- There is a new chief watchdog at the Recovery, Accountability and Transparency Board. It’s a visible job. She takes over from Earl Devaney. And she has a tough task leading an organization that could sunset is a little over a year. We’ll introduce you to Kathleen Tighe later in the program.
- You watch what you eat, but do you watch what you read? and watch? and listen to, for that matter? and click on? We’ll talk about OUR role in defining the meadia culture out there... we’re going to talk to Clay Johnson, author of the book The Information Diet.
- And have you seen the TV show Undercover Boss? We’ll talk to a professor about the advantages of walking in somebody else’s shoes.
The stories that impact your life for Wednesday March 7th, 2012… your government world in 120-seconds…
- Another government shutdown could be looming…this time at the Transportation Department. Congress has failed to end debate on a new bill by eight votes. If the current law expires on March 31, the federal collection of Highway Trust Fund taxes would stop, and so would money flowing to state and local transportation projects. Federal News Radio says, Congress could pass another continuing resolution, which it has already done eight times since 2009, when transportation authorization first expired.
- Is your boss snooping around in your personal email? That’s the questions a couple of senior lawmakers are trying to figure out. Government Executive says, Sen. Chuck Grassley (R-Iowa) and Rep. Darrell Issa (R-Calif.) had their interest piqued when six former Food and Drug Administration workers sued the agency, claiming it was looking at whistleblowing emails. The lawmakers have asked the Office of Management and Budget to for a government wide review of policies for monitoring federal employees’ personal email accounts.
- The United States took a step backwards in the rankings of an international survey of e-government capability. Federal Computer Week says the U.S. now ranks fifth in the United Nations’ Global E-gov index. Topping off the list was South Korea, followed by the Netherlands, United Kingdom, Denmark and then the United States. The rankings are based on public sector capacity for using government websites and public information tools to serve citizens. Find the full report here.
- Feds aren’t the only public servants who are feeling the pay and benefits pinch. A new Government Accountability Office report shows the roughly 27 million state and local government employees are also feeling the potentially bigger cuts. Government Executive says in the last four years half the states have shifted a larger share of pension costs to employees by increasing member contributions. And 35 states have also reduced pension benefits for future employees.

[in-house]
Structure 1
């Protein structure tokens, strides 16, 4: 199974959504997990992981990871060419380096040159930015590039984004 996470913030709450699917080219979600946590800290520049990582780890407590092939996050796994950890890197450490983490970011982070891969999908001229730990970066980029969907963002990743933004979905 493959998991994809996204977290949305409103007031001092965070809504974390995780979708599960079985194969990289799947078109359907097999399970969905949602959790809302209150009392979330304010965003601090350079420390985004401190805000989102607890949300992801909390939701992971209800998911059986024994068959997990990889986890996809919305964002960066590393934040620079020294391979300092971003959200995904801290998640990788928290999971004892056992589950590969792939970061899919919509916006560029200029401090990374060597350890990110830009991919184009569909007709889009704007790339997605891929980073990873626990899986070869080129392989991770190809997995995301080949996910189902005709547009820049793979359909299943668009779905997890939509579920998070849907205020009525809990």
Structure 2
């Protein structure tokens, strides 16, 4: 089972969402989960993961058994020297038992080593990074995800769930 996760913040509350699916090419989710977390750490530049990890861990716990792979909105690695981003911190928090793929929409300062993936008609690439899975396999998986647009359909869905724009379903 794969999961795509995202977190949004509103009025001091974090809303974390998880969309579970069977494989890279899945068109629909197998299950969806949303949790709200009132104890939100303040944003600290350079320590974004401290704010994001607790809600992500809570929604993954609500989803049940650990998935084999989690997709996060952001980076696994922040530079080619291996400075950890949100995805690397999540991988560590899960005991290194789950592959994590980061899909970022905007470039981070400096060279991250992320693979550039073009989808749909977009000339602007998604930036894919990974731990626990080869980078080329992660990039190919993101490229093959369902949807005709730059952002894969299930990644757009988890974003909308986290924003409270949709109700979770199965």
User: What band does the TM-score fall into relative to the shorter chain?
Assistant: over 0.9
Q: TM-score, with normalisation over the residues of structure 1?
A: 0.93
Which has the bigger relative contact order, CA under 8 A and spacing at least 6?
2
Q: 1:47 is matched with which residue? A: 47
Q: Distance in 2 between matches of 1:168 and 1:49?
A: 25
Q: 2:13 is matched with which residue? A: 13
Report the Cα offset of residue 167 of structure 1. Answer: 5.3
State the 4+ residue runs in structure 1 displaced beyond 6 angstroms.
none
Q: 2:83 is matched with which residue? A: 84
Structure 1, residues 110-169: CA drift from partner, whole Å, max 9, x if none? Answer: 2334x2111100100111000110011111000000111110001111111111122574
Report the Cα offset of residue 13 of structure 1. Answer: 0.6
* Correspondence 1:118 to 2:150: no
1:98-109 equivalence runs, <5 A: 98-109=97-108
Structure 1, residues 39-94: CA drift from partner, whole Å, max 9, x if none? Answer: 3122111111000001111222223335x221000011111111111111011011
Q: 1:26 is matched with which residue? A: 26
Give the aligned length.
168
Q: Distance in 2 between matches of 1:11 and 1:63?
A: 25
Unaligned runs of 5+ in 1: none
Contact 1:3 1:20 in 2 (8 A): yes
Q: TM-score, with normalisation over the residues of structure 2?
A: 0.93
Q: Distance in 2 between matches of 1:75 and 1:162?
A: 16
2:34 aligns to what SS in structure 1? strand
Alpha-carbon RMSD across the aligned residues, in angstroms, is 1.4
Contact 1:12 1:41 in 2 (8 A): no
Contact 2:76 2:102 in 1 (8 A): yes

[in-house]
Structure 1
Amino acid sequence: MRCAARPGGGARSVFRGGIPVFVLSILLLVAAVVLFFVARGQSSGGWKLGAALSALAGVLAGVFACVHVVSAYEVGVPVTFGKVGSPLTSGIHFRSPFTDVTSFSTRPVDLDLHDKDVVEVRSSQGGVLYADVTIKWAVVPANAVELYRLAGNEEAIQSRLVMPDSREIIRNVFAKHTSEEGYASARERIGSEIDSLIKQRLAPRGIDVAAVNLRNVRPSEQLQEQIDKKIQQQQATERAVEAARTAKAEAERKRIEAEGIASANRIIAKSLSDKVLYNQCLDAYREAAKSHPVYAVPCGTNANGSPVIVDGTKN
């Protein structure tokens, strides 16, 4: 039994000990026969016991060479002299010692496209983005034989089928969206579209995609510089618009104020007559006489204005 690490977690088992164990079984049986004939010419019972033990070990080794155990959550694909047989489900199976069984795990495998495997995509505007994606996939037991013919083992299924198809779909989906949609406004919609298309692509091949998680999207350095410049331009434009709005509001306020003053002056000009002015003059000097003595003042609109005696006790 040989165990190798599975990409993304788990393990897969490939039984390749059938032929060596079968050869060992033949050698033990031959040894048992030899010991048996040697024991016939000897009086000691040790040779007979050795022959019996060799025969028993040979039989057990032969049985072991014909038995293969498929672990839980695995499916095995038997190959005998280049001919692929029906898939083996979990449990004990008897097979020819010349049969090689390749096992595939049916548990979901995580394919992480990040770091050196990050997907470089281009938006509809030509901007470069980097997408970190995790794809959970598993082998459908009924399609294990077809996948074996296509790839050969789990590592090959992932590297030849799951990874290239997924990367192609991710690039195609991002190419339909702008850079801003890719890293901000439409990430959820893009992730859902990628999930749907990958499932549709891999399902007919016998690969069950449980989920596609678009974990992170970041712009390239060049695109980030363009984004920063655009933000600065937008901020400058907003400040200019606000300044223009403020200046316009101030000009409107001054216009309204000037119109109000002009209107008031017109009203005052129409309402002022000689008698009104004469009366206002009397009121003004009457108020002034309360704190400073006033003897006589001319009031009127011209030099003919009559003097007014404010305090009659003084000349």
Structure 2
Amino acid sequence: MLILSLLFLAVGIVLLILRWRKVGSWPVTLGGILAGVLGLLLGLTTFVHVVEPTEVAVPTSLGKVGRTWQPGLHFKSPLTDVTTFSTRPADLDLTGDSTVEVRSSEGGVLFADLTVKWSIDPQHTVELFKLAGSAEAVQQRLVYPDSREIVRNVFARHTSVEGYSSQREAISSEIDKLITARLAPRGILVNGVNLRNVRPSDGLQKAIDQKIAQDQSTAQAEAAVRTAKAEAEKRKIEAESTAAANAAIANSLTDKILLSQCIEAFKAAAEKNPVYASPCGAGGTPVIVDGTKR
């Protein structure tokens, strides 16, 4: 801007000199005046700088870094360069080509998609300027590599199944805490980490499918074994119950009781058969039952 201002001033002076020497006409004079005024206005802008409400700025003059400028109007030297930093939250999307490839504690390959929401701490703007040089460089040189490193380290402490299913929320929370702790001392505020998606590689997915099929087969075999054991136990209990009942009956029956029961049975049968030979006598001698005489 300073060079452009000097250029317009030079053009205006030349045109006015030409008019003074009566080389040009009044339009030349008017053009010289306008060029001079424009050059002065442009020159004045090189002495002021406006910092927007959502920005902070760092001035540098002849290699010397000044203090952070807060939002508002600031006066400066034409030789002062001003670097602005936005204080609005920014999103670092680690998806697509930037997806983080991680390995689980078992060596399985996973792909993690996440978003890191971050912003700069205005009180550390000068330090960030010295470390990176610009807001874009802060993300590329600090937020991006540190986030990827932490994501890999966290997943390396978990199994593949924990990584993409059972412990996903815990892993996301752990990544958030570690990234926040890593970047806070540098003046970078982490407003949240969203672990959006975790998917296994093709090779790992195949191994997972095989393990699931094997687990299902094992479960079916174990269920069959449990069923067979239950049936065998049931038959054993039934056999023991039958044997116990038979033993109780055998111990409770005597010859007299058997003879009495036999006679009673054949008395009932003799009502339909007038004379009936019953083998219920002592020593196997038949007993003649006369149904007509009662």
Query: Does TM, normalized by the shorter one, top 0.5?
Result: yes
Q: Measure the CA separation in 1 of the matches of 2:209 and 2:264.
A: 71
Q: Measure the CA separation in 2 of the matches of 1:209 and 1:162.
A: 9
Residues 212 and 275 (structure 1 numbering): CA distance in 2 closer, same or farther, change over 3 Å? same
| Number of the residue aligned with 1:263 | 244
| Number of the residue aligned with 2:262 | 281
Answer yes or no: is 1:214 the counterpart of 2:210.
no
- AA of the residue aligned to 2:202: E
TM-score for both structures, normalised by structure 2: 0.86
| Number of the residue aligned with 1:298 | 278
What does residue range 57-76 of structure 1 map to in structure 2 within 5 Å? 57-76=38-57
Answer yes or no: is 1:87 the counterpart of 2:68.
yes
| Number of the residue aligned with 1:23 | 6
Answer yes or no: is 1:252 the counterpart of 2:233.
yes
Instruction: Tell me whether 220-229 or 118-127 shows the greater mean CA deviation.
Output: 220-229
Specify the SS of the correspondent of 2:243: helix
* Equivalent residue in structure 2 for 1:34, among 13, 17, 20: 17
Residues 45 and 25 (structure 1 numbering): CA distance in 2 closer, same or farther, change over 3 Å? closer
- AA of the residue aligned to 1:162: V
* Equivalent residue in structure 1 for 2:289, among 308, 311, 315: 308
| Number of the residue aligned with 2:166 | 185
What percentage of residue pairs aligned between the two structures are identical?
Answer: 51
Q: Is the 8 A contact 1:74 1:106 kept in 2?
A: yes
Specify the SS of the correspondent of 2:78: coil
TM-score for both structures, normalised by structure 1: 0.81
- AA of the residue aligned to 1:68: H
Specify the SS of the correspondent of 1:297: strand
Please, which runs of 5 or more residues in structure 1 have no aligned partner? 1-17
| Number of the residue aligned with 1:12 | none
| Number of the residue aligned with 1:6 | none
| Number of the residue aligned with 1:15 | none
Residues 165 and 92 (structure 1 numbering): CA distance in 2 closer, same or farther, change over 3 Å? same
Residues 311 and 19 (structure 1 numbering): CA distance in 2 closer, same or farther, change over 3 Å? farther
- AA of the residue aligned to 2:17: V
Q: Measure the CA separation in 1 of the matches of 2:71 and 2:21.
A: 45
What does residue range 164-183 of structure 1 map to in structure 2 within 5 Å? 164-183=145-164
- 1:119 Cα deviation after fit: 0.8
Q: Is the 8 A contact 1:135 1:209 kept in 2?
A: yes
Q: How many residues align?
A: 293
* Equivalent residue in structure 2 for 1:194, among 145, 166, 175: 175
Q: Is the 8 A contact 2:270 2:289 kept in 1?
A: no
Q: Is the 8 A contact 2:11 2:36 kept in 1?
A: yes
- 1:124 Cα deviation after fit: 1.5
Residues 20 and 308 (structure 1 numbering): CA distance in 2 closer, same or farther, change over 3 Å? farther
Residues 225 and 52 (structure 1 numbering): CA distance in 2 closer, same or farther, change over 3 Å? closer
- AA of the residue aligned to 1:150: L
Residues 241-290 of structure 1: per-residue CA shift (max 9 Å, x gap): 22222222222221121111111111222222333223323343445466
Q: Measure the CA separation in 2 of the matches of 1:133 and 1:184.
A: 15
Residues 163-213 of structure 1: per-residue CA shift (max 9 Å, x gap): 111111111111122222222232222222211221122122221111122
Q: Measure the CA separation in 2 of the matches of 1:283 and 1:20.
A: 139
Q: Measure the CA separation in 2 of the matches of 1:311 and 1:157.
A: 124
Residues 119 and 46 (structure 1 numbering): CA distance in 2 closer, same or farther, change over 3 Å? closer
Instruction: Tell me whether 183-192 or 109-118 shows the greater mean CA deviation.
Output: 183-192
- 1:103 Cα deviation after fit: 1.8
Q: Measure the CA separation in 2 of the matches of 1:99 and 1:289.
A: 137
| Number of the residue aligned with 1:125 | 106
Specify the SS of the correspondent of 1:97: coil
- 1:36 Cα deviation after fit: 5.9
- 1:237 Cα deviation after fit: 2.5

- More transparency. Federal CIO Steven VanRoekel tweeted that the Obama administration launched an updated version of the IT Dashboard. You can find it at ITDashboard.gov. And he said in a OMB blog post, the site is more accessible… and includes more data, including data for fiscal year 2013.
- And yes, it was Super Tuesday yesterday. Here is what you need to know. Slate’s John Dickerson merely tweeted: To be continued. The long and short of it: The GOP nomination probably isn’t over yet. Mitt Romney squeaked out a 1 percent victory over Rick Santorum in the key state of Ohio, and Romney, Santorum and Newt Gingrich all took something away last night… Politico says they all probably take enough away to keep going. And the November election is 244 days away.
- And over on GovLoop, were prepping for the 3rd annual Next Generation of Government Leaders conference. And it is GovLoop, so we are looking for your thoughts. How can we help you do your job better? What sessions would you most benefit from? Who would you like to hear from? What kind of training do you need to be a better public servant? Any other comments or suggestions on how to makeNextGen 2012 awesome? Send your ideas our way.
This video shows a demonstration of the “Cheetah” robot galloping at speeds of up to 18 miles per hour (mph), setting a new land speed record for legged robots. The previous record was 13.1 mph, set in 1989. The robot’s movements are patterned after those of fast-running animals in nature. The robot increases its stride and running speed by flexing and un-flexing its back on each step, much as an actual cheetah does. The current version of the Cheetah robot runs on a laboratory treadmill where it is powered by an off-board hydraulic pump, and uses a boom-like device to keep it running in the center of the treadmill. Testing of a free-running prototype is planned for later this year.And remember Watson — that IBM computer that was able to beat Jeopardy champions a year ago. Well, Watson will soon be advising Wall Street… about risk. Bloomberg says that Citigroup has just hired Watson… to make sense of big data. And you may have seen the story in the New York Times over the weekend where IBM is using that computing power to build smarter cities. Tomorrow, we’re going to talk about big data. Specifically, we’re going to talk to a the police in Santa Cruz, California about how they are using big data to do their jobs better. It is one of those stories that will really get you to think differently. I hope you’ll join us. That does it for us today. Thanks for being here. Go out and do good work. And we’ll see you online…